A STRATTON grandfather has paid tribute to the paramedics and air ambulance doctors who saved his life.

Now, 53-year-old Joe-Joe Joyce is hoping to raise at least £3,000 for Great Western Air Ambulance. The charity’s emergency helicopter airlifted him from his home near the Rat Trap pub, Stratton, to Southmead Hospital in Bristol for treatment in August last year.

“In my eyes they saved my life,” said Joe-Joe.

“If it wasn’t for them I wouldn’t be here speaking to you. I owe my life to them.

“You never know when you’re going to need their services.”

For Joe-Joe, August 12, 2018, was the first time he had ever called upon the air ambulance.

It was a Sunday and the grandfather-of-two was alone at his home off Highworth Road, near Stratton fire station.

To this day, he cannot remember the precise circumstances. He presumes he took a tumble down a steep flight of stairs.

He said: “I remember being down at the bottom of the stairs and ringing my daughter, Kayleigh. The next thing I remember is coming round in the hospital.”

Kayleigh Joyce, 30, from Oakhurst, remembered speaking to her dad that day: “The more I spoke to him, the more confused he sounded.”

Both Kayleigh and Joe-Joe’s partner, Anna Galbin, scrambled to the house. “It was horrific,” said Anna, 55. “I was at work when Kayleigh called me to say her dad had fallen down the stairs. She said, ‘Anna, you need to get home. My dad’s not right’.”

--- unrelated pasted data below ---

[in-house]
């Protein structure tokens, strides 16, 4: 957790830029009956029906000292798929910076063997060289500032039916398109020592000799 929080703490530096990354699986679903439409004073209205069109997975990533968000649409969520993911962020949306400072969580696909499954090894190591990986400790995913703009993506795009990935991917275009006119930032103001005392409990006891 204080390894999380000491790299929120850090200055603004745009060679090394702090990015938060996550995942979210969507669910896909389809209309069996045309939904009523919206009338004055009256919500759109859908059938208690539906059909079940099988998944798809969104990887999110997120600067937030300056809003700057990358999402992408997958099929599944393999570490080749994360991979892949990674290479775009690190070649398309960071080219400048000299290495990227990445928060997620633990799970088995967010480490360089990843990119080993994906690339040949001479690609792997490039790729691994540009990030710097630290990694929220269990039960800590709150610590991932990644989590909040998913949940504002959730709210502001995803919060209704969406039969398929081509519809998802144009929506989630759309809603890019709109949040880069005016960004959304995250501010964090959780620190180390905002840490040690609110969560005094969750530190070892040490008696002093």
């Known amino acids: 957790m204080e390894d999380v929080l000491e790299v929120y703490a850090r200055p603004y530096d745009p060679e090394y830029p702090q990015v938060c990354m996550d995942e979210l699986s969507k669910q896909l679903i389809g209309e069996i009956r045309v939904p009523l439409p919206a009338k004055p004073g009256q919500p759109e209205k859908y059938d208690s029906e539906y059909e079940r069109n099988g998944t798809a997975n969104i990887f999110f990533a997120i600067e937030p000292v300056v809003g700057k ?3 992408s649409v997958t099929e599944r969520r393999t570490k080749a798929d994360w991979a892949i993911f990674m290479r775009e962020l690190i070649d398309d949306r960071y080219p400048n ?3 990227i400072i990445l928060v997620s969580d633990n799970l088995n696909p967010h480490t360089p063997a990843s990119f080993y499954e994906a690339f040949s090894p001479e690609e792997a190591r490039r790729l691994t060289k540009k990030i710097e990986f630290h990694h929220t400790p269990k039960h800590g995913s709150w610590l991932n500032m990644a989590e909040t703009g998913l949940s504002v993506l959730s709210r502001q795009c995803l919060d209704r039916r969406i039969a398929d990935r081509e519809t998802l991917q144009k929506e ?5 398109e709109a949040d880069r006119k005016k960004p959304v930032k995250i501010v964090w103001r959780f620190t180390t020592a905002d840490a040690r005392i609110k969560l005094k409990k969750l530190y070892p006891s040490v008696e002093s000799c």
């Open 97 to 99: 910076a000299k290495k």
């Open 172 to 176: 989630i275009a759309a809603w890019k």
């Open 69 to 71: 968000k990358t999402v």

When she got home, Anna found Joe-Joe half-on and half-off the bed. His face was a pallid grey colour. “I phoned for an ambulance straightaway.”

He was experiencing seizures and fearing he may have sustained a serious internal injury, paramedics called in Great Western Air Ambulance.

A fire crew from Stratton fire station helped get the patient down the steep flight of stairs, inching him down on a spinal board gingerly using a length of rope. “The air ambulance crew was absolutely amazing. The doctor was absolutely everywhere. She was up and down assessing his whole body in seconds,” said Anna.

The doctors took the decision to intubate their patient before putting him into the lime green emergency helicopter. It took the pilots under 20 minutes to ferry him to Southmead.

Amazingly, Joe-Joe had escaped the experience relatively unscathed. His back was bruised black and blue - but he had not sustained any more serious injuries.

'We're grateful,' says heli hero

Hero heli-paramedic Vicki Brown thanked dad Joe-Joe for his support.

The specialist paramedic in critical care at Great Western Air Ambulance Charity, said: “We’re delighted to hear that Joe-Joe recovered well following his fall. 

“It’s always great to hear from patients we’ve treated and it’s especially rewarding for the team when they go on to fundraise to keep us operational. 

“We’re so grateful to Joe-Joe and his family for all their support.”

The emergency helicopter charity flew 1,887 missions last year. But only a third of call-outs resulted in the green-and-blue helicopter lifting from its base near Bristol. Paramedics attended two-thirds of the 999 calls last year in their response car.

Fundraiser - call for support

On Saturday, June 15, the family will be holding a fundraiser at the Westcott Place Working Men’s Club, Marlborough Street.

Generous businesses have already put forward raffle prizes - but the family have appealed for more prizes to help the cause.

They want to raise at least £3,000 for the Great Western Air Ambulance. The charity relies on donations and says they need to raise £3m each year to keep their helicopter in the air.

For more, visit: www.justgiving.com/fundraising/gwairambulance.